What causes a stress reaction in one person may not affect another. Look at two people in one workplace doing the same job; one of them might not be able to sleep at night because of work stress; the other might be quite happy to go home at the end of the day and forget completely about work until 9am the next morning.
I’m not saying that if you feel stressed by work you’re
somehow to blame – after all, maybe you work for a shitty employer. Maybe you
work in a very pressured environment and there are lots of stressors around
you. Maybe there’s just a hell of a lot going on in your life. But – you can
cultivate a different attitude to most stressors. It doesn’t remove the pressures around you, but
crucially, it helps you feel better –
you’re alleviating stress.
Me and stress – old friends
What do I know about it? Well, I’ve a history of stress –
essentially workplace stress, I guess, though I never defined it. My feelings
of stress, as they built up, became intertwined with anxiety and depression,
and my typical pattern would be to withdraw when I felt under pressure. I felt
that contact with other people would prevent me from being able to hide that I
wasn’t coping and I needed to maintain control at all costs. ‘Coping’ is a key
word here; clearly I was coping – in
that I was still functioning day-to-day – but ‘coping’ wasn’t a happy place.
I would overthink things – trying to think myself out of a situation; I would distract myself thinking I might ‘forget’ how rubbish I felt; and I sort of lived in fear of the future, feeling that things could only get worse. Every now and then I would have a meltdown when the rigid keep-clinging-on-at-all-costs shell just couldn’t hold it in any longer, and that would give a brief relief until things started building up again.
The knowledge that other people, working in the same,
demanding, environment as me WEREN’T stressed didn’t help; understanding it was
my problem that I needed to do something about – no matter how supportively
expressed – added to my sense that I really wasn’t able to function properly as
How I de-stressed myself
So how did I change it? Various things – too many to remember. Some were small, but there was something about getting a little movement that started the ‘change’ ball rolling, until over time it gathered momentum.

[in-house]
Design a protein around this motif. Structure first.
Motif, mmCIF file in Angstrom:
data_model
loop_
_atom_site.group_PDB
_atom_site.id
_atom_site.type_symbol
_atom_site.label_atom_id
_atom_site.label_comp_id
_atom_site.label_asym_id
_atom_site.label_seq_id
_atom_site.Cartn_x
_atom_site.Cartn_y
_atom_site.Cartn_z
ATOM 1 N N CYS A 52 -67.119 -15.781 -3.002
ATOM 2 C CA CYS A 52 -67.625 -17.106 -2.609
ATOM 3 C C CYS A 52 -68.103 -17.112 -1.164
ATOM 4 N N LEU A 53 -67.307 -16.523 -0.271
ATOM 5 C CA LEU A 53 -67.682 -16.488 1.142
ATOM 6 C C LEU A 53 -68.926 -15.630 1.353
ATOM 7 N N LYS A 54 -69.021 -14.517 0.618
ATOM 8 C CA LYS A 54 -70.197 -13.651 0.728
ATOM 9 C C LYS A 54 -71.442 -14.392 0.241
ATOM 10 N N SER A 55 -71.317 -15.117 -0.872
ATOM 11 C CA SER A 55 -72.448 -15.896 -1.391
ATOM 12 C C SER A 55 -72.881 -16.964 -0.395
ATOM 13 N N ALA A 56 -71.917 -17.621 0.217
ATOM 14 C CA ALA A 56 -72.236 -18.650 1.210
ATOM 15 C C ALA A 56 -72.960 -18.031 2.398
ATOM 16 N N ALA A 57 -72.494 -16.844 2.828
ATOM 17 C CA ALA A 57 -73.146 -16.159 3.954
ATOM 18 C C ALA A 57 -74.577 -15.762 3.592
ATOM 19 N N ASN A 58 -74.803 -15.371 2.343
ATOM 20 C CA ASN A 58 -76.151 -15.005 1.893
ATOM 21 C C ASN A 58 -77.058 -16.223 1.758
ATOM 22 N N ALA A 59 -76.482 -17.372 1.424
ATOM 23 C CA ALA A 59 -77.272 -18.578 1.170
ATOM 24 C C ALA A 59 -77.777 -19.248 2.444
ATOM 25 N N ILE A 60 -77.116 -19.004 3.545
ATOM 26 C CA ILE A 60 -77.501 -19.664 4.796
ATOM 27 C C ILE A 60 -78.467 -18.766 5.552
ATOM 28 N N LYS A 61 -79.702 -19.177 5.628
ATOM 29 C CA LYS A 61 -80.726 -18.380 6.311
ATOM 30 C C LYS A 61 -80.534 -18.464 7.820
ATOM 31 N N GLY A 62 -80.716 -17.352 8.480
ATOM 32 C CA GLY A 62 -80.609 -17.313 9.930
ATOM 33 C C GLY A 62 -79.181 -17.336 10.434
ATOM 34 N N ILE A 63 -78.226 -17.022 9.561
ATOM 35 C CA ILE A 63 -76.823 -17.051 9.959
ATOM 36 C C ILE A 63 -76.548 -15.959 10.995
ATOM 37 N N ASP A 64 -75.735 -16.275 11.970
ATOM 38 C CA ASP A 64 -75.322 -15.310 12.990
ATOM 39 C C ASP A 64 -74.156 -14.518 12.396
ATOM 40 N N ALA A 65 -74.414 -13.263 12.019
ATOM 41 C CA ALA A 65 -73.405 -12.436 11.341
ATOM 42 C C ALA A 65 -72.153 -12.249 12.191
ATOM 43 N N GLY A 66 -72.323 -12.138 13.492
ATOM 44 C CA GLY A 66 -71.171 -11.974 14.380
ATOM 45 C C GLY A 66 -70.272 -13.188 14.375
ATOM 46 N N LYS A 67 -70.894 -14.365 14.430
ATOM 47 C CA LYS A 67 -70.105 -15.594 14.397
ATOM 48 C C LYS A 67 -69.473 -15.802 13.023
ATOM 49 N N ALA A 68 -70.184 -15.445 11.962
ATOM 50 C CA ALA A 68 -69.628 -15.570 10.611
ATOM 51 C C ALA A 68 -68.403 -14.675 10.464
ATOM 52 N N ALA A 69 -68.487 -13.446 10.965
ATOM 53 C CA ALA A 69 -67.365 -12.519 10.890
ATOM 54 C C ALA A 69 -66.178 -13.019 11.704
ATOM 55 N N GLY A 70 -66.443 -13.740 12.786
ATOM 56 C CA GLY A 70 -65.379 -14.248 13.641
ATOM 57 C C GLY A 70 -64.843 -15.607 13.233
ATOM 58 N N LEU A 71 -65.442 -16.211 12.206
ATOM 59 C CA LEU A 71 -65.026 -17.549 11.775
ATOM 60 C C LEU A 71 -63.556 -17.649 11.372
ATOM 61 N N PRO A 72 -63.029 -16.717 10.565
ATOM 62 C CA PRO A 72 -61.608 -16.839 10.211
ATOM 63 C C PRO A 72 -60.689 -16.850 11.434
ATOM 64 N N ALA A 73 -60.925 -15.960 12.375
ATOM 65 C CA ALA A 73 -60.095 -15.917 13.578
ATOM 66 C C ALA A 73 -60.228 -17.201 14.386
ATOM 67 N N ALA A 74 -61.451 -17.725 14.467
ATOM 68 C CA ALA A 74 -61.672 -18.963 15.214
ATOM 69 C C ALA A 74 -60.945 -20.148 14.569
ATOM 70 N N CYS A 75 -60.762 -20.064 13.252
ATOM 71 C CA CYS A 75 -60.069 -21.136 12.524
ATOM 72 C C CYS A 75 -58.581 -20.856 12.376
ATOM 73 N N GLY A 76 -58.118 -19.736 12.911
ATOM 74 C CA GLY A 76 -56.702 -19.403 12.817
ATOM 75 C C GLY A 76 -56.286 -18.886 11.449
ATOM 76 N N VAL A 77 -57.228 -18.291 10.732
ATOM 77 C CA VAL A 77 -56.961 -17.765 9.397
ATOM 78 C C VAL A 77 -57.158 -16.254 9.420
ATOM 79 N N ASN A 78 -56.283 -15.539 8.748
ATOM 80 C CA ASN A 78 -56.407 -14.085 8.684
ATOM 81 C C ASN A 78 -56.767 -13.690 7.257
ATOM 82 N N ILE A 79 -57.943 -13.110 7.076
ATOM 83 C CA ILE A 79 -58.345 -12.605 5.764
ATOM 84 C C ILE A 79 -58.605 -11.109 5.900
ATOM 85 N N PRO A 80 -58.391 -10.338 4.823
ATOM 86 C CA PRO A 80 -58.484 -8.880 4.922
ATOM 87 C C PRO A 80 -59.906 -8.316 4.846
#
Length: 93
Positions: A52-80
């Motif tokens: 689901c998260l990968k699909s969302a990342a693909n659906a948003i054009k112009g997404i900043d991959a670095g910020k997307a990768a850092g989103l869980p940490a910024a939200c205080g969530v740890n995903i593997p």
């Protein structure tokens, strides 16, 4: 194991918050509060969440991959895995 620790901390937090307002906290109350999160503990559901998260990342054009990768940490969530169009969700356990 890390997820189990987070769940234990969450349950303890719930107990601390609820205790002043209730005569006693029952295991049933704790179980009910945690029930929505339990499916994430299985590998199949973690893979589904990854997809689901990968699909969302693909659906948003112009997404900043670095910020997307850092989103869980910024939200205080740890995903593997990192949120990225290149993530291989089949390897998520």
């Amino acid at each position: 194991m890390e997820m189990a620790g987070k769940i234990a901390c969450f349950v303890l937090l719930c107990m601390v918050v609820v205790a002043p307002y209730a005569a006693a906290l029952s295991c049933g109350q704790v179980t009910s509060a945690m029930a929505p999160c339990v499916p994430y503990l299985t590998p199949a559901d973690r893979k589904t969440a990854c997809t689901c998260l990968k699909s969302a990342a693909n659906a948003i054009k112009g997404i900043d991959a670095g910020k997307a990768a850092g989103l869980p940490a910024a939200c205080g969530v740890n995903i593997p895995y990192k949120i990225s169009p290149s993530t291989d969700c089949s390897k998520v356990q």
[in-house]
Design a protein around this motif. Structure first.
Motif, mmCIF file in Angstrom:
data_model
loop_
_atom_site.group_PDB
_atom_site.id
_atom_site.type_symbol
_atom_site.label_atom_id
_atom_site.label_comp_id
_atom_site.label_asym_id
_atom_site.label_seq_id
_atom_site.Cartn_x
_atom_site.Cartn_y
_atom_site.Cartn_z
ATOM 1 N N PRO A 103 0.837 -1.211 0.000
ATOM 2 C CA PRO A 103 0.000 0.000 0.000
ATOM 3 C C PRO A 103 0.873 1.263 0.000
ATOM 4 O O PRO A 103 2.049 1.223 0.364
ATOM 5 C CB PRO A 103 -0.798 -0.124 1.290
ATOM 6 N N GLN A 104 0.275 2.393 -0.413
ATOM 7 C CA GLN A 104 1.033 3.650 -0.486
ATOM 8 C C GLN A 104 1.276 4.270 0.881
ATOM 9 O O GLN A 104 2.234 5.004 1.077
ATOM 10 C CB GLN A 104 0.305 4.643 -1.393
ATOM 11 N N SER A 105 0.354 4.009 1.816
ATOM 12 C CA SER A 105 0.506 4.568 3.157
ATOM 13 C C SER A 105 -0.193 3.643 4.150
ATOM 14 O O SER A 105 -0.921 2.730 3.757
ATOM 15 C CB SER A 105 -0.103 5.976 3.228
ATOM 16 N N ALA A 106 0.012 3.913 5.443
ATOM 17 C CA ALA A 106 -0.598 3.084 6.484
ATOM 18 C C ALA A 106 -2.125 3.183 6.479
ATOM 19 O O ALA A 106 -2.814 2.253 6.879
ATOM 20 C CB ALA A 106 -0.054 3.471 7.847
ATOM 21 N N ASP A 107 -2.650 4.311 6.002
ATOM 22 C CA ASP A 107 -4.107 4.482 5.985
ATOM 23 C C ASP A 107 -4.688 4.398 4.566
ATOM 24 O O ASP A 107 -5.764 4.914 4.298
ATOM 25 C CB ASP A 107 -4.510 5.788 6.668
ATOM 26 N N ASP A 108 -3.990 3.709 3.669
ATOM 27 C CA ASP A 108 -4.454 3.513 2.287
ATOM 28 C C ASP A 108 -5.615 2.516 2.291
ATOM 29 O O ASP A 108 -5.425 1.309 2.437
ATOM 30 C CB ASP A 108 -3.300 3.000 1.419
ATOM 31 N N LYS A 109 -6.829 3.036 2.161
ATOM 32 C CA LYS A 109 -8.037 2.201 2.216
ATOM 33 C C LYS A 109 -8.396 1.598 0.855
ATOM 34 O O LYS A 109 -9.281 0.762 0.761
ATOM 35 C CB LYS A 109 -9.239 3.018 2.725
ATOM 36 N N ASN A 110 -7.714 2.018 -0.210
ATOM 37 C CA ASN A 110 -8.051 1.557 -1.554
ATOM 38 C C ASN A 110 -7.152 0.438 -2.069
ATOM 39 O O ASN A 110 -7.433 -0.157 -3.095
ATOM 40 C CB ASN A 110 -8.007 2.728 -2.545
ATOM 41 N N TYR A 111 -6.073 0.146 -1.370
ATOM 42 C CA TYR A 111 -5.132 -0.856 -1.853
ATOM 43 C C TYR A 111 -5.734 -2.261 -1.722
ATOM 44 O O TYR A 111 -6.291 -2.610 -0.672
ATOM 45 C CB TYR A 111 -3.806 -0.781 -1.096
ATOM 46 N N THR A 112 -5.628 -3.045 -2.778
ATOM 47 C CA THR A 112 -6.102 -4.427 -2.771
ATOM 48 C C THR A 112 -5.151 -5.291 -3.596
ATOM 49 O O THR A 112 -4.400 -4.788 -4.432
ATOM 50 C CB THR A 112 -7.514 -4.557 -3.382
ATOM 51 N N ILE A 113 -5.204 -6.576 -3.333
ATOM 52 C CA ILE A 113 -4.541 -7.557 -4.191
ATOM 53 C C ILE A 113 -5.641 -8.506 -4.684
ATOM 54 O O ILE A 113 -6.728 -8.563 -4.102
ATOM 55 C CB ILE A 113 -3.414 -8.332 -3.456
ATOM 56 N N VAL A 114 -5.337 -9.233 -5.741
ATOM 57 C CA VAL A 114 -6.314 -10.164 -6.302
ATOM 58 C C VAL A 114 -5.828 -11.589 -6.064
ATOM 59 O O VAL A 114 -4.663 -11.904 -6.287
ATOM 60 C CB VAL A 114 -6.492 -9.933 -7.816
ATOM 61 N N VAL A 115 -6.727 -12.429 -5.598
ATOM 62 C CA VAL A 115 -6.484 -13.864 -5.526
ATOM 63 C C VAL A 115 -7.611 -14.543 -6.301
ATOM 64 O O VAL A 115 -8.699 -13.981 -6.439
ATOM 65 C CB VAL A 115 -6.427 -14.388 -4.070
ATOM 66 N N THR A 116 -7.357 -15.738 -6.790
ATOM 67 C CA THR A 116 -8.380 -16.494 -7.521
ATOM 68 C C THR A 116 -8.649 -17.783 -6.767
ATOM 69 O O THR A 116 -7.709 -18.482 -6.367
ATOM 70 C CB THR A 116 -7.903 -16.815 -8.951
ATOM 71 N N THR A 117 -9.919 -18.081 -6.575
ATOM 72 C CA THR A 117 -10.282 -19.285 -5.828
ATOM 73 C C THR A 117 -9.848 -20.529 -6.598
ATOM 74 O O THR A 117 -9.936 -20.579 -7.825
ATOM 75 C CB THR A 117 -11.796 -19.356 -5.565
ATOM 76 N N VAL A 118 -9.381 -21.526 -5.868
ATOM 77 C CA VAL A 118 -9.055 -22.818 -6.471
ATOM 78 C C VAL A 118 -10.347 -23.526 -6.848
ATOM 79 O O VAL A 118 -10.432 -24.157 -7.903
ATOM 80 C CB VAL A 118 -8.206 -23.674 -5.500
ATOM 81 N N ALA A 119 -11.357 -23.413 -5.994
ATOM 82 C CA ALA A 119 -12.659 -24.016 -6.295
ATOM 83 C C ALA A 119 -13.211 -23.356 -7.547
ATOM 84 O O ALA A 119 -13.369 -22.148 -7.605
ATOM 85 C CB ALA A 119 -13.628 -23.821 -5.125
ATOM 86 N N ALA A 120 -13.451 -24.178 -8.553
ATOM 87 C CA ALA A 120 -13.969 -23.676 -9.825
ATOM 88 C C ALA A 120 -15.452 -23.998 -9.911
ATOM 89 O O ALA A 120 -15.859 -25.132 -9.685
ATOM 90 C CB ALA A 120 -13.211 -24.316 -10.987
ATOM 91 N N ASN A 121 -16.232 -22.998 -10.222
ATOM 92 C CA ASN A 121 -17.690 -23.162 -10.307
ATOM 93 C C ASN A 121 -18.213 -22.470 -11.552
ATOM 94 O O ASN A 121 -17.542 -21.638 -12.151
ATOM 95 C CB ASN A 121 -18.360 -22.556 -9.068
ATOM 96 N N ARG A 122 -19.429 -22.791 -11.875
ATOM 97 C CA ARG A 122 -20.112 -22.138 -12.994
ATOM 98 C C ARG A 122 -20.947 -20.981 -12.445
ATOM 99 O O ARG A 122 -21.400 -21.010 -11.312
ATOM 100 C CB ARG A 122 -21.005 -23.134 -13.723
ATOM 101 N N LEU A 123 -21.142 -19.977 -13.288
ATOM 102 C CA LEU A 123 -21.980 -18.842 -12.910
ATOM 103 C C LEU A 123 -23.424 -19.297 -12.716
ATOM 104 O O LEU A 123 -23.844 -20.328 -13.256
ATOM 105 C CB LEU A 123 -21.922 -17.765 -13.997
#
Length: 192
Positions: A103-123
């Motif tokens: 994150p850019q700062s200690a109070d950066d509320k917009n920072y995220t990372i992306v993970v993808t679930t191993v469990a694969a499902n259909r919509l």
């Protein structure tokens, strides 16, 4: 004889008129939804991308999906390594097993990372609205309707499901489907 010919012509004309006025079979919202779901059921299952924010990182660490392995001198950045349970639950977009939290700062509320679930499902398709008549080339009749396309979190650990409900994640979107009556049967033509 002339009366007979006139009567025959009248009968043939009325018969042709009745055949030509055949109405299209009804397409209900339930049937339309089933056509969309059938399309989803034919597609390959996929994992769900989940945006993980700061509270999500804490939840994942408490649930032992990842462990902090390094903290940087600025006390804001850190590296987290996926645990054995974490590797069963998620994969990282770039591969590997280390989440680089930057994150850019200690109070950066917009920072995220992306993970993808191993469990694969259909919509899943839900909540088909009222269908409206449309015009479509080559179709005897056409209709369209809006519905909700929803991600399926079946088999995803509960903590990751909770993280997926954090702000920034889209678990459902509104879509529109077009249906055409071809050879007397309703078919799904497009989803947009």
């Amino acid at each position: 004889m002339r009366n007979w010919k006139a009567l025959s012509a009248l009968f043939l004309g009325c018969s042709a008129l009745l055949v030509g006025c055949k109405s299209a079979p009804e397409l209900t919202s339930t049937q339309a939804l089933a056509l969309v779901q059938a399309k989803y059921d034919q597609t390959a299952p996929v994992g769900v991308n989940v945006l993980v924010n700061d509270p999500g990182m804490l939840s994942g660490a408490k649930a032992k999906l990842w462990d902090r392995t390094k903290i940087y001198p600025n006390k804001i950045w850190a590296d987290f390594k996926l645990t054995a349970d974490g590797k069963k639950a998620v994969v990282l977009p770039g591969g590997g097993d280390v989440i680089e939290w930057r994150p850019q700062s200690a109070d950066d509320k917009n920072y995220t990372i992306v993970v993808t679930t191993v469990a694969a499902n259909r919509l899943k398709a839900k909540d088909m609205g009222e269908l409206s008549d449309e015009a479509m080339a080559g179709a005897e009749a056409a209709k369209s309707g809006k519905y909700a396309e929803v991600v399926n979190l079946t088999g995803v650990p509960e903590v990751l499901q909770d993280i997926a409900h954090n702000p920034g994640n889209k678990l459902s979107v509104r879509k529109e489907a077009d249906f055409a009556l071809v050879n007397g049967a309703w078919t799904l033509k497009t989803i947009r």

I asked for help. I went to the doctor and got a
prescription for anti-depressants. To this day I don’t know how much of the
effect was the drug and how much the realisation that I could ask for help, but
my mood lifted enough that I was able to make use of a great CBT workshop with
a local community organisation, which helped me look at how my thought patterns
would get into a downward spiral – and how reflecting on these could help shift
me out of disaster mode. This worked for a while, and when I slipped back again
it didn’t take me as long to reach out – I’d done it before. I started to talk
to people about how I was feeling – even my family!
There were a couple of major events that happened in my life which jolted me enough to shift my priorities slightly – stressors in themselves, but they pushed me to check the reality of how much what I was stressing about really mattered. I was also lucky to have really solid support from my partner.
And then, longer-term, I was offered the opportunity of a counselling skills course and that pushed the ‘change ball’ onto a different path. Surprisingly, I found it OK that I had an extra thing in my week – because it shifted my focus slightly, and some of the other stuff began to look a bit smaller.
The greater understanding that I had of how I dealt with problems enabled me not only to make slight changes, but crucially my own therapy also helped me notice when I was giving it that double-whammy of beating myself up for beating myself up! Psychotherapy training is great for helping you understand the ‘why’, but in personal counselling I started to heal the anxious child within me, who made those decisions to protect me, and I supported them to make different ones.
It’s that which has enabled me to look after myself for no other reason than because I AM IMPORTANT. And even being able to write that in a blog is a sign of what a change there has been. I’m not going to pretend I never feel stressed now. But I recognise it and I take steps and I feel better sooner. I take some of the small steps that I’ve outlined below and in doing so it reinforces the commitment I’ve made to look after myself.